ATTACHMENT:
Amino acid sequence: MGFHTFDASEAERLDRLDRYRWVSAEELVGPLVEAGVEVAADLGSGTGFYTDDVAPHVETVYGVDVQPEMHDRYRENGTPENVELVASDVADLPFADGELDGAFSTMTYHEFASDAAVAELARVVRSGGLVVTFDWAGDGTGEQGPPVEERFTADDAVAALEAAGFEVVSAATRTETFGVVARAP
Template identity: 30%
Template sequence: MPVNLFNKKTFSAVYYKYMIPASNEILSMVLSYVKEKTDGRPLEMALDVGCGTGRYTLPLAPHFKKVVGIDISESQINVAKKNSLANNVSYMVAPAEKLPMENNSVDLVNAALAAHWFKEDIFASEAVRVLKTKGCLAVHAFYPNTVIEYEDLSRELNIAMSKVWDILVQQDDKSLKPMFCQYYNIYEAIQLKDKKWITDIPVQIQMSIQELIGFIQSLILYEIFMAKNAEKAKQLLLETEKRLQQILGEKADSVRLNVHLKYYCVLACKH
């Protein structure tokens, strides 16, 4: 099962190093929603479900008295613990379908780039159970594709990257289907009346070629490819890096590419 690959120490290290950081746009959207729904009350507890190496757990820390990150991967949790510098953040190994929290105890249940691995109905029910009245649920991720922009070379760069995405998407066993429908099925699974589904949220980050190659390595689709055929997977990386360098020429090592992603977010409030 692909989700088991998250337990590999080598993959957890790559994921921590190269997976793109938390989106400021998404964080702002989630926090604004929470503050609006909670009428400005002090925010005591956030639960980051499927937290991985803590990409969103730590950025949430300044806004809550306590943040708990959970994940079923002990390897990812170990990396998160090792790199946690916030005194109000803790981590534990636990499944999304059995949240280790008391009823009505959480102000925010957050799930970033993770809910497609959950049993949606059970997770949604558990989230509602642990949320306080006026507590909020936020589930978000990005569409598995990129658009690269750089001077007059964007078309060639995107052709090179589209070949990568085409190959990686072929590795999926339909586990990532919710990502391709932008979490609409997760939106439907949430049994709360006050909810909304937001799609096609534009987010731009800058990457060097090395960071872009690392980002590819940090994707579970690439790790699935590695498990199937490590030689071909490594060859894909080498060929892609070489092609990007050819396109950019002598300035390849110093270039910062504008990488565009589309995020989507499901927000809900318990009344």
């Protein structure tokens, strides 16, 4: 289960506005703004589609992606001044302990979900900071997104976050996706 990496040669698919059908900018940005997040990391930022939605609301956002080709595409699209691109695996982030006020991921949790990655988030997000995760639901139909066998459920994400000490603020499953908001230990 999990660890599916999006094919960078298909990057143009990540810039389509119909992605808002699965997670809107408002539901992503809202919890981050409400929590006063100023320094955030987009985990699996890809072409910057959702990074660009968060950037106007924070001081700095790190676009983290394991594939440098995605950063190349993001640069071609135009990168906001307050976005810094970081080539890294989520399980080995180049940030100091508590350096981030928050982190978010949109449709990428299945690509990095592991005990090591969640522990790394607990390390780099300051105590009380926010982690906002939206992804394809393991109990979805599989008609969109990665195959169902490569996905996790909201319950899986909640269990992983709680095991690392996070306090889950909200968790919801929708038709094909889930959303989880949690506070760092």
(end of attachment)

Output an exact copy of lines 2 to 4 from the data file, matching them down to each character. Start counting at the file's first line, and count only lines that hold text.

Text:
Template identity: 30%
Template sequence: MPVNLFNKKTFSAVYYKYMIPASNEILSMVLSYVKEKTDGRPLEMALDVGCGTGRYTLPLAPHFKKVVGIDISESQINVAKKNSLANNVSYMVAPAEKLPMENNSVDLVNAALAAHWFKEDIFASEAVRVLKTKGCLAVHAFYPNTVIEYEDLSRELNIAMSKVWDILVQQDDKSLKPMFCQYYNIYEAIQLKDKKWITDIPVQIQMSIQELIGFIQSLILYEIFMAKNAEKAKQLLLETEKRLQQILGEKADSVRLNVHLKYYCVLACKH
């Protein structure tokens, strides 16, 4: 099962190093929603479900008295613990379908780039159970594709990257289907009346070629490819890096590419 690959120490290290950081746009959207729904009350507890190496757990820390990150991967949790510098953040190994929290105890249940691995109905029910009245649920991720922009070379760069995405998407066993429908099925699974589904949220980050190659390595689709055929997977990386360098020429090592992603977010409030 692909989700088991998250337990590999080598993959957890790559994921921590190269997976793109938390989106400021998404964080702002989630926090604004929470503050609006909670009428400005002090925010005591956030639960980051499927937290991985803590990409969103730590950025949430300044806004809550306590943040708990959970994940079923002990390897990812170990990396998160090792790199946690916030005194109000803790981590534990636990499944999304059995949240280790008391009823009505959480102000925010957050799930970033993770809910497609959950049993949606059970997770949604558990989230509602642990949320306080006026507590909020936020589930978000990005569409598995990129658009690269750089001077007059964007078309060639995107052709090179589209070949990568085409190959990686072929590795999926339909586990990532919710990502391709932008979490609409997760939106439907949430049994709360006050909810909304937001799609096609534009987010731009800058990457060097090395960071872009690392980002590819940090994707579970690439790790699935590695498990199937490590030689071909490594060859894909080498060929892609070489092609990007050819396109950019002598300035390849110093270039910062504008990488565009589309995020989507499901927000809900318990009344």